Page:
This is a guy who’s well past broke. (We see a “Past Due” bill during a brief scene between Sebastian and his sister.) This is a guy who wants nothing more than to create a jazz club in the old style, which requires first and foremost money. (A good credit score wouldn’t hurt either. One more bit of ground he’ll have to make up.) And yet, somehow, he can’t bring himself to play Christmas tunes for a SINGLE NIGHT.

That’s not artistic integrity. That’s not valor or courage. That’s stubbornness more suited to toddlers than to late twenty-somethings, as well as arrogance that sneers at the very people lending a helping hand. Mia hasn’t had a single chance to pull herself up and reach her dreams, but that hasn’t stopped her from continuing to try. Sebastian has had many chances to start to pull himself up and reach his dreams (which, remember, require quite a bit of startup funding), but that somehow hasn’t stopped him from throwing them away.

There’s plenty more to the movie than just the opening scenes of the two main characters, but that was enough to sour it for me. In addition to being a waste of perfectly good piano talent, Sebastian manages to pull Mia into starting to think a bit like him. With a bit of prodding, he convinces her to stop trying to break into the business through auditioning and instead take a much more dramatic (and much riskier) path – writing and starring in her own play. And what should she do if people don’t come and no one likes it? In Sebastian’s own words, “Fuck ’em”.

Watching Mia drink Sebastian’s artistic-purist kool-aid was very frustrating. Clearly, Mia was having no luck with the traditional process, but that’s not a valid reason to transition to a no-more-guaranteed approach that involves much more effort and much much more risk. From this point on, I wasn’t happy with the actions of either character.

After thinking about the movie for the past couple days, I think the real reason it got so deep under my skin is that I fundamentally disagree with the philosophy I believe the movie was trying to push. In Mia’s final audition that would turn into her big break, she tells (sings) a story about an aunt jumping into a river in Paris. Here’s the chorus:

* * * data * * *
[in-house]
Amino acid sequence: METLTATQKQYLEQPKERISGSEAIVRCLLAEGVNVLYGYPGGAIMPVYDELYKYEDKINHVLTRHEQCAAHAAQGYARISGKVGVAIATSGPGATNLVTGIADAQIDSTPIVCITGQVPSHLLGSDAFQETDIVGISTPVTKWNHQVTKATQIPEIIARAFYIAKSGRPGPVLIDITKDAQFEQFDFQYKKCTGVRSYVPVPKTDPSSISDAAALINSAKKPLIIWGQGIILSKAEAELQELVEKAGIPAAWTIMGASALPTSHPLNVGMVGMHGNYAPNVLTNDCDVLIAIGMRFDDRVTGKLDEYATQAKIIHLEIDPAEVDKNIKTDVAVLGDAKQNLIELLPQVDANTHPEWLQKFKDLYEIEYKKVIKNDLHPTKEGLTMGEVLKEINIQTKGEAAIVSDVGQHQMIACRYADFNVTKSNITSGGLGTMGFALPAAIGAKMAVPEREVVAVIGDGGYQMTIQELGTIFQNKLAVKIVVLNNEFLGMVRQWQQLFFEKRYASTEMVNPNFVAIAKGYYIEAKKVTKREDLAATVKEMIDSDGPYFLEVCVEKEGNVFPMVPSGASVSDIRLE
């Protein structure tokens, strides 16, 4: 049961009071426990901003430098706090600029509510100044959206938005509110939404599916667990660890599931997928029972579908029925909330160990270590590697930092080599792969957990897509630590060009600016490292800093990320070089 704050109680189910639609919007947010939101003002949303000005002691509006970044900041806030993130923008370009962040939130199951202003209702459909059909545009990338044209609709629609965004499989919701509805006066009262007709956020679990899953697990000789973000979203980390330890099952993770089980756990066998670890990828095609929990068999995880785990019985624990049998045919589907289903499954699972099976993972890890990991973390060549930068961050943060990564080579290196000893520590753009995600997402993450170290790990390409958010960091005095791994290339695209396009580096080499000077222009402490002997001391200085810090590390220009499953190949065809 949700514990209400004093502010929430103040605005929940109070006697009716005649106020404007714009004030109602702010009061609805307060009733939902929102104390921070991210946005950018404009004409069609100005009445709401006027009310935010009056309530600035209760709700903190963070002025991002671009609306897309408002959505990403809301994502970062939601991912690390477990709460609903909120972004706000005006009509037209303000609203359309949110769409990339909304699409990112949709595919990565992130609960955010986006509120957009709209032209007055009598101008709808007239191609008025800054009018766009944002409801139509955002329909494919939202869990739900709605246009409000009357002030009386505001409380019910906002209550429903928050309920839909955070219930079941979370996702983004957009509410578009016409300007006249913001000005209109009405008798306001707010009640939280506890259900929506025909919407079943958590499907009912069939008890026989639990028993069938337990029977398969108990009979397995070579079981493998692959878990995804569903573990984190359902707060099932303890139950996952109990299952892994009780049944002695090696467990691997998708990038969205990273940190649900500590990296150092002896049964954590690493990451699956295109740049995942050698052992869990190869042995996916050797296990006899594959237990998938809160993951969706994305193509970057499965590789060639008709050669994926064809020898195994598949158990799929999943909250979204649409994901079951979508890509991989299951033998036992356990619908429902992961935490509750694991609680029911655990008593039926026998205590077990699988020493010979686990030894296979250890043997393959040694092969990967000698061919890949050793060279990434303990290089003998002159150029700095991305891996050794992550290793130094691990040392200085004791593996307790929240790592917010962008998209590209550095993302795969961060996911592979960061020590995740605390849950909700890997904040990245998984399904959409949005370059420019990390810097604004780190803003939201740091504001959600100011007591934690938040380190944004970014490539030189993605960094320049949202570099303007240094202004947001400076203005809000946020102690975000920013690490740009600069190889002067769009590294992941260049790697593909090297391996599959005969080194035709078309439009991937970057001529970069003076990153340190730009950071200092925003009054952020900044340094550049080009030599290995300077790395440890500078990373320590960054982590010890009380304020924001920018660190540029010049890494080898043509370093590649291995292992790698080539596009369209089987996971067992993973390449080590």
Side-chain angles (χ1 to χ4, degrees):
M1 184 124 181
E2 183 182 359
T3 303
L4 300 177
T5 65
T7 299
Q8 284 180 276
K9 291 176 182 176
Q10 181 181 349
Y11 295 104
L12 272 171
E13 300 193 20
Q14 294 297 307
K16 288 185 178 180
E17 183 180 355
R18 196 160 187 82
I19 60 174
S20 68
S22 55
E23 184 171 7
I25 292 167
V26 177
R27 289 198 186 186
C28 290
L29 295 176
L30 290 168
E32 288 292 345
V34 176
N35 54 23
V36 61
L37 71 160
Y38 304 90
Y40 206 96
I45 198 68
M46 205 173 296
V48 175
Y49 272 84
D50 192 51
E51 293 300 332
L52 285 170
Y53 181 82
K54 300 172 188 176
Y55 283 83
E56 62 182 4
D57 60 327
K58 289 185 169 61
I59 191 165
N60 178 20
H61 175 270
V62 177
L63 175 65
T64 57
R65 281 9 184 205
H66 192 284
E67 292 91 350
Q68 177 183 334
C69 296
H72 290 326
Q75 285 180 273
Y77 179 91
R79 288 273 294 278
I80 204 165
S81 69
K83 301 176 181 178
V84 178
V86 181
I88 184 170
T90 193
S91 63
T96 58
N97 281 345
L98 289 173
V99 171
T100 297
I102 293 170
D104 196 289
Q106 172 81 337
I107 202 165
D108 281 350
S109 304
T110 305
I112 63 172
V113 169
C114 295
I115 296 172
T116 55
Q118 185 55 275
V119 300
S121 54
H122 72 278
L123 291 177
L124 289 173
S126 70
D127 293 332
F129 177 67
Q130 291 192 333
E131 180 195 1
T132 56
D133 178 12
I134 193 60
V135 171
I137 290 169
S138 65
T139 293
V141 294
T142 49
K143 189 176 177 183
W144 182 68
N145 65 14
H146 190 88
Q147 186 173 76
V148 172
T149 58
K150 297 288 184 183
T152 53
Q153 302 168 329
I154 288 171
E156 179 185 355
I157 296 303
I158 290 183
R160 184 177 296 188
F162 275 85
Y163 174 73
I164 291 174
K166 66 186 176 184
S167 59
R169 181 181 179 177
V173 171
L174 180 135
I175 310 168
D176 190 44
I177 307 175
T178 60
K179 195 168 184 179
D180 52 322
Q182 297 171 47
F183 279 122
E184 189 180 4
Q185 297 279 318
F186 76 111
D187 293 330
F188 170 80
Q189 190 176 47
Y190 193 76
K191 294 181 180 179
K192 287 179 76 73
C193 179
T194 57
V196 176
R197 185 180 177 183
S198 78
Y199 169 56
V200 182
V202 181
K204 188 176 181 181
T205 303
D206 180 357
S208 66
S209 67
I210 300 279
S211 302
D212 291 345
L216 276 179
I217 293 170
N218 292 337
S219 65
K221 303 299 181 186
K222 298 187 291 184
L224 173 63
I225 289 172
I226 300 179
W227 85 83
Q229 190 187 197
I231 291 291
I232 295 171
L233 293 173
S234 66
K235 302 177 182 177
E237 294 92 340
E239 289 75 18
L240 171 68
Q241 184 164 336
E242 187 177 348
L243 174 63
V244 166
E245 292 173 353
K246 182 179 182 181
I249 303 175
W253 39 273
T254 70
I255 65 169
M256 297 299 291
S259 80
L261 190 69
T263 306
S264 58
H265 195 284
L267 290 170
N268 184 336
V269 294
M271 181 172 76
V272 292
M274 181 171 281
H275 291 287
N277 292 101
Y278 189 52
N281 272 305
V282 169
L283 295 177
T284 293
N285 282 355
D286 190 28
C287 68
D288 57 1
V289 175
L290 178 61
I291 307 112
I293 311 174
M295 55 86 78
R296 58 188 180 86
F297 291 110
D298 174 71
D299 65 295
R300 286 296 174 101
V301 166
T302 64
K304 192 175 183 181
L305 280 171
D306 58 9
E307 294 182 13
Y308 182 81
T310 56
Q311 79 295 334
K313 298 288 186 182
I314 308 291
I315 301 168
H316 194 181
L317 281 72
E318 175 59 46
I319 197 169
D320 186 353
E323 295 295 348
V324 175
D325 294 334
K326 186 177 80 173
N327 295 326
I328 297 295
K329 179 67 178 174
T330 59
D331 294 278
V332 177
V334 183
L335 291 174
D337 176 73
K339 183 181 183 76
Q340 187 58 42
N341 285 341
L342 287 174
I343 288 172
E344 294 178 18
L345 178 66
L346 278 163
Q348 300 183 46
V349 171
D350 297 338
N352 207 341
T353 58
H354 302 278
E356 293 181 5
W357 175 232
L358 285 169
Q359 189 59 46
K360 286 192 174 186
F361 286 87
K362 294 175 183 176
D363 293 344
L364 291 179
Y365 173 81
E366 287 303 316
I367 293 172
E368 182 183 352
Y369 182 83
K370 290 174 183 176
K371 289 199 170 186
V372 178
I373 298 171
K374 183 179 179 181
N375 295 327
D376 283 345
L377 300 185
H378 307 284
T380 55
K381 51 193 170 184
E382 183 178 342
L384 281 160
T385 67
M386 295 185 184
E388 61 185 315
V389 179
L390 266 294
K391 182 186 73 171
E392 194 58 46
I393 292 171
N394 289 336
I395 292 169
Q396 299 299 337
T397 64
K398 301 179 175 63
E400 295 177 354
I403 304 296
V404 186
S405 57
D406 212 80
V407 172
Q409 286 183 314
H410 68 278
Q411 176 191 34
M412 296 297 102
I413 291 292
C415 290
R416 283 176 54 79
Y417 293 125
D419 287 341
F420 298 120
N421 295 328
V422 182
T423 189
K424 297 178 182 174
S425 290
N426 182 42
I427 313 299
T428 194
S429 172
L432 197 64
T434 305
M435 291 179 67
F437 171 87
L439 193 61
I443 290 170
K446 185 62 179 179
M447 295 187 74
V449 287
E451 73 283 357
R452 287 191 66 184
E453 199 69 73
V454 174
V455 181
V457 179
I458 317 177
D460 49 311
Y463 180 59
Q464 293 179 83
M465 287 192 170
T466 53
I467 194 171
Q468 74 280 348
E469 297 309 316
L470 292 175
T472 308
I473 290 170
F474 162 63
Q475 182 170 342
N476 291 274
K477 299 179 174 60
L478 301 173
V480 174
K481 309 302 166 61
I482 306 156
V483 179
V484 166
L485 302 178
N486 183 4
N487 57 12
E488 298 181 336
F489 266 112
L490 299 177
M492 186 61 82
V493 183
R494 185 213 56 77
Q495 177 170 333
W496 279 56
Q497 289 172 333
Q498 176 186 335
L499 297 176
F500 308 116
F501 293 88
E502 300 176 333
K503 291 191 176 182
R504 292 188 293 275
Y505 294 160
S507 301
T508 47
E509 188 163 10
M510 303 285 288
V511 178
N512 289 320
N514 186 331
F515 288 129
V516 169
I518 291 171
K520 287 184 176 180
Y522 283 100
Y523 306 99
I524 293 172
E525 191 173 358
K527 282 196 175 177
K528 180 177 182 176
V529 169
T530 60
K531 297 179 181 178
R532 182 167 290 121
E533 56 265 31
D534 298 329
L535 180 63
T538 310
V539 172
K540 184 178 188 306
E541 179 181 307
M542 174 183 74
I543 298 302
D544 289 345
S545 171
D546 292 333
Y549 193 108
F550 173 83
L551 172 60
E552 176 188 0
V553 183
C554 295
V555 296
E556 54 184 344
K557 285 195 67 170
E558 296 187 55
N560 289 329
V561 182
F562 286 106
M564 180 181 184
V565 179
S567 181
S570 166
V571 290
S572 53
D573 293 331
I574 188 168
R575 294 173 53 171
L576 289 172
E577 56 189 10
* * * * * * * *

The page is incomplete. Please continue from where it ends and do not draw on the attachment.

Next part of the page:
And here’s to the fools who dream
Foolish as they may seem
Here’s to the hearts that break
Here’s to the mess we make

The story (as well as the movie as a whole) romanticizes the artistic dreamer, one who never gives up on their dream, no matter what. It doesn’t matter who they hurt in the process, including themselves. It doesn’t matter that they might have achieved happiness a different way. It doesn’t matter if they found love along the way. Everything must be sacrificed in pursuit of the dream. To do any less is sacrilegious. To give in to the pressure and take an easier or more standard path, claims the movie, is worse than an eternity of failure. I could not more strongly disagree.

When I was in middle school, my dream was to be a game designer. I wanted to make games that would make people’s minds explode with infinite possibility, that would be both remembered fondly and be sources of endless entertainment and challenge. I still do. But time passed, and many things changed. For one, I learned that for the game industry, all that glitters is not gold. Working my way up in a major game company to a level where I could have actual design impact, I found out, would be positively grueling. Making my own independent game would be terrifyingly stressful, and I would need to be exceedingly lucky to see it succeed. Moreover, I found out that I vastly enjoy computer science in a non-game context. I like the puzzle of intelligently designing programmatic architecture for ease of use and extension. I like striving to find the optimal balance of wide capability and narrow, specialized speed. It is undeniably not the same to me – I like computer science, I love game design. Yet when I totaled everything up, I came to the conclusion that I would have a vastly easier and more enjoyable life if I gave up on game design.

So, I took the easy route. I sold out. And you know what? Every day I wake up and I’m so happy I made that choice.

People change. People change as they grow older, but also as they process the events that unfold around them. Beliefs one currently holds may be completely alien in just a few years’ time. This is a central aspect of what it means to be human and as such deserves to be celebrated, not fought against tooth and nail. Without change, there is no forgiveness, no discovery, no growth. One’s (singular) dream, as the most succinct expression of one’s desires, is all the more likely to change over time. There should be no stigma associated with the decision to stop pursuing an old dream and start pursuing a new one, or to simply put the dreaming on hold for a while and aimlessly enjoy living.